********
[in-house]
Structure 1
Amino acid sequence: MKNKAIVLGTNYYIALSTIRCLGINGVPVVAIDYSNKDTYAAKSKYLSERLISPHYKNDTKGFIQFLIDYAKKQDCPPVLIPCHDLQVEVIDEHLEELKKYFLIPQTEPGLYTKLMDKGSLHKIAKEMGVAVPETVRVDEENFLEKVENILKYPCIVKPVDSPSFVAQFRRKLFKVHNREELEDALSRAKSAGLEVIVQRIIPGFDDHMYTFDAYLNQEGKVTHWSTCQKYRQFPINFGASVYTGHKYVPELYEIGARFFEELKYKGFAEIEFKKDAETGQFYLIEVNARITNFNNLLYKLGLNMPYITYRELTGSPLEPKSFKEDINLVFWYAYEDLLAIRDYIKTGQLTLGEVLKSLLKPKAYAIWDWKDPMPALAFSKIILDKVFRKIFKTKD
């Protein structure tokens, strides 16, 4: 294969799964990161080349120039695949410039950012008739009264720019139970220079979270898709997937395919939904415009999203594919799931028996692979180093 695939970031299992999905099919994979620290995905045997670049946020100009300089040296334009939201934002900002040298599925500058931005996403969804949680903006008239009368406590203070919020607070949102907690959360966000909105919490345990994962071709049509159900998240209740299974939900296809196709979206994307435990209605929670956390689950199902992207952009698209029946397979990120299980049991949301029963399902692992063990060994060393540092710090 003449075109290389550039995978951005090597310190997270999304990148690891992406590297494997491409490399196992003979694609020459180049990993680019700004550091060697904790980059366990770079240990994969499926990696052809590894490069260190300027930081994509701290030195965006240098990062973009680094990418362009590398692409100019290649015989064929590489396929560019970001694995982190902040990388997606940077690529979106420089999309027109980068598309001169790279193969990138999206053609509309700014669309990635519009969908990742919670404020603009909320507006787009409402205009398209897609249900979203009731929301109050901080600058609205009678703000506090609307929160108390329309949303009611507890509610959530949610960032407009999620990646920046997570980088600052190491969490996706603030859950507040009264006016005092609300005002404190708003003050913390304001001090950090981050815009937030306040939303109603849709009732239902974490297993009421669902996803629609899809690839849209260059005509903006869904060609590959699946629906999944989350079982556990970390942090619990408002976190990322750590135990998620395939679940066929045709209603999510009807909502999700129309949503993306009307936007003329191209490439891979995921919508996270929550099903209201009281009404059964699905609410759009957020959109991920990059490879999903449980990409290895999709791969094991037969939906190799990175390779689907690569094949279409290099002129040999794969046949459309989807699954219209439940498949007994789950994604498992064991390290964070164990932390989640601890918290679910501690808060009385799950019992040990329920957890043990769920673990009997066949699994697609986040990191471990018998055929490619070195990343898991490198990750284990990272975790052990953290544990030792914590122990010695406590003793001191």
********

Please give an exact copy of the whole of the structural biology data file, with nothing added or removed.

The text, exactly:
[in-house]
Structure 1
Amino acid sequence: MKNKAIVLGTNYYIALSTIRCLGINGVPVVAIDYSNKDTYAAKSKYLSERLISPHYKNDTKGFIQFLIDYAKKQDCPPVLIPCHDLQVEVIDEHLEELKKYFLIPQTEPGLYTKLMDKGSLHKIAKEMGVAVPETVRVDEENFLEKVENILKYPCIVKPVDSPSFVAQFRRKLFKVHNREELEDALSRAKSAGLEVIVQRIIPGFDDHMYTFDAYLNQEGKVTHWSTCQKYRQFPINFGASVYTGHKYVPELYEIGARFFEELKYKGFAEIEFKKDAETGQFYLIEVNARITNFNNLLYKLGLNMPYITYRELTGSPLEPKSFKEDINLVFWYAYEDLLAIRDYIKTGQLTLGEVLKSLLKPKAYAIWDWKDPMPALAFSKIILDKVFRKIFKTKD
């Protein structure tokens, strides 16, 4: 294969799964990161080349120039695949410039950012008739009264720019139970220079979270898709997937395919939904415009999203594919799931028996692979180093 695939970031299992999905099919994979620290995905045997670049946020100009300089040296334009939201934002900002040298599925500058931005996403969804949680903006008239009368406590203070919020607070949102907690959360966000909105919490345990994962071709049509159900998240209740299974939900296809196709979206994307435990209605929670956390689950199902992207952009698209029946397979990120299980049991949301029963399902692992063990060994060393540092710090 003449075109290389550039995978951005090597310190997270999304990148690891992406590297494997491409490399196992003979694609020459180049990993680019700004550091060697904790980059366990770079240990994969499926990696052809590894490069260190300027930081994509701290030195965006240098990062973009680094990418362009590398692409100019290649015989064929590489396929560019970001694995982190902040990388997606940077690529979106420089999309027109980068598309001169790279193969990138999206053609509309700014669309990635519009969908990742919670404020603009909320507006787009409402205009398209897609249900979203009731929301109050901080600058609205009678703000506090609307929160108390329309949303009611507890509610959530949610960032407009999620990646920046997570980088600052190491969490996706603030859950507040009264006016005092609300005002404190708003003050913390304001001090950090981050815009937030306040939303109603849709009732239902974490297993009421669902996803629609899809690839849209260059005509903006869904060609590959699946629906999944989350079982556990970390942090619990408002976190990322750590135990998620395939679940066929045709209603999510009807909502999700129309949503993306009307936007003329191209490439891979995921919508996270929550099903209201009281009404059964699905609410759009957020959109991920990059490879999903449980990409290895999709791969094991037969939906190799990175390779689907690569094949279409290099002129040999794969046949459309989807699954219209439940498949007994789950994604498992064991390290964070164990932390989640601890918290679910501690808060009385799950019992040990329920957890043990769920673990009997066949699994697609986040990191471990018998055929490619070195990343898991490198990750284990990272975790052990953290544990030792914590122990010695406590003793001191």